Startup Management, OMER Ventures, Ryerson Futures, and OneEleven jointly sponsored a conversation with Albert Wenger, partner of Union Square Ventures in from New York City last week in Toronto.
With over 300 attendees, a live DJ, and delicious food and drinks served, a full house of eager listeners readily settled into the evening and listen to insights of a seasoned venture capitalist, working with big brands scaling in the marketplace. It is clear that Albert is a futuristic thinker and views the world on another level when it comes to innovation and the changes he sees taking place in how systems operate.
His firm, USV, focuses on investing in disruptive companies that have a network effect, which is not limited to any industry. Their portfolio of investments to date include: Twitter, Tumblr, Foursquare, Etsy, Kickstarter, Wattpad, Kik and Shapeways. Firms that have network effects have value that expands for all members as others join. An example he gave was search engines, they get smarter the more people search for certain topics. He also referenced financial institutions, when there are more lenders; there is more value for the borrowers.
Growing up in a village in Germany, Albert was interested in computers from an early age. He went to college in the United States and graduated from Harvard with a focus in economics and computer science and went on to get a Ph.D. from MIT in Information Technology.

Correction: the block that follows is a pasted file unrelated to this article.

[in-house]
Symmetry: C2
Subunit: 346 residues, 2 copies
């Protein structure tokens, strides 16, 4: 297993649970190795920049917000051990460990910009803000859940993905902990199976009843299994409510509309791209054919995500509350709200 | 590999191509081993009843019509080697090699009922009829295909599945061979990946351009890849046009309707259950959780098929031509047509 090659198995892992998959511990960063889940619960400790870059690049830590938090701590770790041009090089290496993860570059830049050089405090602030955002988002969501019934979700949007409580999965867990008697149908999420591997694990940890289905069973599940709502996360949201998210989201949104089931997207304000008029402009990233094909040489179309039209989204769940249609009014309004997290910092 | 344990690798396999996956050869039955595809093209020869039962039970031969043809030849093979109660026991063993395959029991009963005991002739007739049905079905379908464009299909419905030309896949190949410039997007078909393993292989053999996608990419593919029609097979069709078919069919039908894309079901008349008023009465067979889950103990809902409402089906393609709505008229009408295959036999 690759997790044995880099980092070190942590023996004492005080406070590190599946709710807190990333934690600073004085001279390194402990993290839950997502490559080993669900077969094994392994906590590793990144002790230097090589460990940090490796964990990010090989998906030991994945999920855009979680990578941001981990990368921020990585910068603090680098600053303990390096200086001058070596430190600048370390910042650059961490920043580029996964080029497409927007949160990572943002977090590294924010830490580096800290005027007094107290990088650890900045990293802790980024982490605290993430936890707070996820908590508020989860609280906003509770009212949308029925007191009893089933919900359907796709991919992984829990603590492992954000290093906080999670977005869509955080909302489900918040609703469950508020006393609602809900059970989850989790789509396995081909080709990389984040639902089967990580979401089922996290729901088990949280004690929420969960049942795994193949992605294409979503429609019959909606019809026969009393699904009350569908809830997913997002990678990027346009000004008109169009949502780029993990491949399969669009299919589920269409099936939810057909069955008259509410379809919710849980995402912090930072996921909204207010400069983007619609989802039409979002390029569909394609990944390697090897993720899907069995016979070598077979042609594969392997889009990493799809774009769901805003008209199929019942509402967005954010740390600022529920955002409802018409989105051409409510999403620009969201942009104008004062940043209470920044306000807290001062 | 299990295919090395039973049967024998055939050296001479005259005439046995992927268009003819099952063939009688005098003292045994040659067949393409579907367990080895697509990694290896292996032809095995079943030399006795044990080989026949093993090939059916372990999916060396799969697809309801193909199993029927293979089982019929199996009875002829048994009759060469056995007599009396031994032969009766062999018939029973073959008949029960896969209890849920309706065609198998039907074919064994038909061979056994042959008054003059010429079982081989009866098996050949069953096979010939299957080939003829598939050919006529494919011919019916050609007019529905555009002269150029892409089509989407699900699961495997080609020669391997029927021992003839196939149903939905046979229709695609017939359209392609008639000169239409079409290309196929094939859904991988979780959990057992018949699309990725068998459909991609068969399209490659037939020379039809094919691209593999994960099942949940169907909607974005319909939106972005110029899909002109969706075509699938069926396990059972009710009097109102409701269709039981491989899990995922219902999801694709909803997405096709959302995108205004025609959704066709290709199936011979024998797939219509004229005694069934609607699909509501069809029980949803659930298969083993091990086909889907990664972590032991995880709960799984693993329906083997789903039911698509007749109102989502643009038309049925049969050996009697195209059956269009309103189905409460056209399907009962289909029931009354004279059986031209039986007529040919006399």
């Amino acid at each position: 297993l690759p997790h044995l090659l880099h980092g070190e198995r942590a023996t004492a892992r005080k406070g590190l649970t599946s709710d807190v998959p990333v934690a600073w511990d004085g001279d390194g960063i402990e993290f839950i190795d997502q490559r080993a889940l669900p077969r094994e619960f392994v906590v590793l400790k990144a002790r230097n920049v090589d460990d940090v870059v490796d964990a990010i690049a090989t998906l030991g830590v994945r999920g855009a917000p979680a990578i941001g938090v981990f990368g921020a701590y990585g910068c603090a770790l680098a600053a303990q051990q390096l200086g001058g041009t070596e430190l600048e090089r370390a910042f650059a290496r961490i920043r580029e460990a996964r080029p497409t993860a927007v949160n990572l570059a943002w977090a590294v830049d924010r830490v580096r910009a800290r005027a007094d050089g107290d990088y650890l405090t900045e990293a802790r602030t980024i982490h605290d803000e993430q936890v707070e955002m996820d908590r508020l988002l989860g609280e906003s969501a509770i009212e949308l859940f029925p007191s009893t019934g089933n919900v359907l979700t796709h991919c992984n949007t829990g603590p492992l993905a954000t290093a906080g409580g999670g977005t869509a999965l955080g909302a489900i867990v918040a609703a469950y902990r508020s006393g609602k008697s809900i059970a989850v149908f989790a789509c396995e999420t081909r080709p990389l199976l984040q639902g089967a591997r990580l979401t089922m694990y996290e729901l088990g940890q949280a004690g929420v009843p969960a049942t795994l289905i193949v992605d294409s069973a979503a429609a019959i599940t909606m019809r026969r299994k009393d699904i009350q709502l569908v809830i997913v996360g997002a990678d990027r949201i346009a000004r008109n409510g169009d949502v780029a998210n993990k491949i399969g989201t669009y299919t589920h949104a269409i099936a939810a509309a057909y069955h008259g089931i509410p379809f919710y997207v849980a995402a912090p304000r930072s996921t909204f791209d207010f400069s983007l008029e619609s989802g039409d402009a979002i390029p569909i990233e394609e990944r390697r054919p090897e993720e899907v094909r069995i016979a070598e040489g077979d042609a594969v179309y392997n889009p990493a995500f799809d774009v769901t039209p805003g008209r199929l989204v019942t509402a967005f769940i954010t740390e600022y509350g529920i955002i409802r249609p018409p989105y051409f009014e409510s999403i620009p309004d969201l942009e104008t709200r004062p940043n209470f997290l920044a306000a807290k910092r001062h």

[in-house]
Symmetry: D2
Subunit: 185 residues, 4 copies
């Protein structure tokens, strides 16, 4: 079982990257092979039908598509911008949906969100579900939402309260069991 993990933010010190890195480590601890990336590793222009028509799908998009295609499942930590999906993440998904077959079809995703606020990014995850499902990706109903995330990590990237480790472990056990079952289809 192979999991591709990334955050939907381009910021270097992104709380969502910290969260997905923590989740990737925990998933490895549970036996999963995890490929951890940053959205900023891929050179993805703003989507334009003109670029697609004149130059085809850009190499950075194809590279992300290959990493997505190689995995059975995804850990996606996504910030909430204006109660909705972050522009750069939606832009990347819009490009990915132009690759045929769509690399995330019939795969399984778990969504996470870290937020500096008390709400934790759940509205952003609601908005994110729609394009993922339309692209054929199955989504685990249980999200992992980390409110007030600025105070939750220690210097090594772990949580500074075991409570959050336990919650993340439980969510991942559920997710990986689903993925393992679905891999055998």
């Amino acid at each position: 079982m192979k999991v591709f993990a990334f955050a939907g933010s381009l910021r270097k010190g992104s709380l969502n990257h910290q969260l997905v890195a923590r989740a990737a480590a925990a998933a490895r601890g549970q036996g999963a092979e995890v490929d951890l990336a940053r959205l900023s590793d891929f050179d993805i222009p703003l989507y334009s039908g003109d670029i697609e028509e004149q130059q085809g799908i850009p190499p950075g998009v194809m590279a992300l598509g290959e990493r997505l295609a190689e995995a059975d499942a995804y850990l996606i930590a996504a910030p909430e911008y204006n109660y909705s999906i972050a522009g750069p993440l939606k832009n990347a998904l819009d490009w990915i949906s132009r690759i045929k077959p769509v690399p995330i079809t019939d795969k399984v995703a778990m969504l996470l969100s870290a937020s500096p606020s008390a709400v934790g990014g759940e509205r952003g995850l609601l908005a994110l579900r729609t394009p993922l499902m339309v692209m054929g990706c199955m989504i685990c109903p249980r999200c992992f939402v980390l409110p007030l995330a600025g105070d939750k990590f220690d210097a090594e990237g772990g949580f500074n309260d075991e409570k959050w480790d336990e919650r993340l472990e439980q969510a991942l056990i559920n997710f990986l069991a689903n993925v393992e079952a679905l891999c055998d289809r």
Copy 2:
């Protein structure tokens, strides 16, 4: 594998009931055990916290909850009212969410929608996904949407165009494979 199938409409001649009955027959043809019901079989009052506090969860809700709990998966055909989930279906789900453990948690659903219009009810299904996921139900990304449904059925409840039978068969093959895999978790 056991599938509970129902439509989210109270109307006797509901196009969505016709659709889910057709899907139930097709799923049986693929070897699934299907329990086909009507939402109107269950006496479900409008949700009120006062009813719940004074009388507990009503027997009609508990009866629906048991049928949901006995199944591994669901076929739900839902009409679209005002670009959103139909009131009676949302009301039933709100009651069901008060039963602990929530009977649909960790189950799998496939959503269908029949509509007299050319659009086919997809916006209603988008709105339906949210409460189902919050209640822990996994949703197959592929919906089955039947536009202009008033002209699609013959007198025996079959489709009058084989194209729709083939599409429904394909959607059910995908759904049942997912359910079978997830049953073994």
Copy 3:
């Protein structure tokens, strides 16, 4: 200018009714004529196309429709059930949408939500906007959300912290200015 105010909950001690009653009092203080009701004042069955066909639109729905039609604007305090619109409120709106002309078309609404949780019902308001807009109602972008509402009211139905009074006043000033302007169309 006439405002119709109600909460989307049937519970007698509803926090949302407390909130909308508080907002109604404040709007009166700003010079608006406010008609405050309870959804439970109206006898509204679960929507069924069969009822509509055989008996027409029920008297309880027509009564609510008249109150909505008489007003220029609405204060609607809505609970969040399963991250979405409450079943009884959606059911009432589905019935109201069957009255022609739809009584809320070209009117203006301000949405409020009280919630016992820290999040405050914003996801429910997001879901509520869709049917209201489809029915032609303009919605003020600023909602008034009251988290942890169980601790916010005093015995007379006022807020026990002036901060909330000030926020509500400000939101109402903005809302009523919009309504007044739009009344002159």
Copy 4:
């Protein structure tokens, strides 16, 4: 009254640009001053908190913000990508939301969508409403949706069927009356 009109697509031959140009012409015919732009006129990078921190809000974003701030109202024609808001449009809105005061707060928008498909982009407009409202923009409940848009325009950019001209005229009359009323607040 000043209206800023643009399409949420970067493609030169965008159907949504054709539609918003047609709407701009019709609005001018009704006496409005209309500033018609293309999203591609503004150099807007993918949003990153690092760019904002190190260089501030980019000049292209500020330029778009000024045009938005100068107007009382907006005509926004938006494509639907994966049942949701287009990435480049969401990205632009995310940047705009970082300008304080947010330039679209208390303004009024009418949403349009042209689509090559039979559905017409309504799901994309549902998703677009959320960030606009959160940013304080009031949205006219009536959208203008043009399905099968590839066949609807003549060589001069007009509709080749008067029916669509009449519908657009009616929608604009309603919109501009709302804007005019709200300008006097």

When asked how he came to be a VC, his response was “By making many mistakes." He mentioned one of his earlier experiences failed after raising venture capital and being sued by a bigger well known company. “It was an interesting experience," he quipped. Stressing the importance of experimenting early and often, he explained how the journey to get from experimenting to funding and scaling can take a long time.
Albert cofounded five companies in total and was the former president of del.icio.us before the company was sold to Yahoo. Today, Albert now sits on 11 boards and says that having a full schedule enforces discipline. He believes all companies face similar issues and works with entrepreneurs to help them remove the one thing holding them back, whether it is the next round of funding or building a team. Albert also mentioned that it is very important for entrepreneurs to understand themselves and their weaknesses and he sometimes has to be subtle when trying to influence the entrepreneur or give advice.
When talking about the VC landscape in Canada, host William Mougayar—venture advisor and founder of Startup Management—mentioned that of the $500 million of Venture funds that have come into Canada over the last year, half was from the US. Comparatively, New York City can have $200 million in one month so Canada has a bit of work to do to develop venture capital for Canadian companies.
He compared the tech environment of Waterloo to Silicon Valley and Toronto’s ecosystem to New York City. He believes the close proximity and synergies can really be viewed as one complimentary ecosystem which has a lot of opportunity to expand and grow in Canada.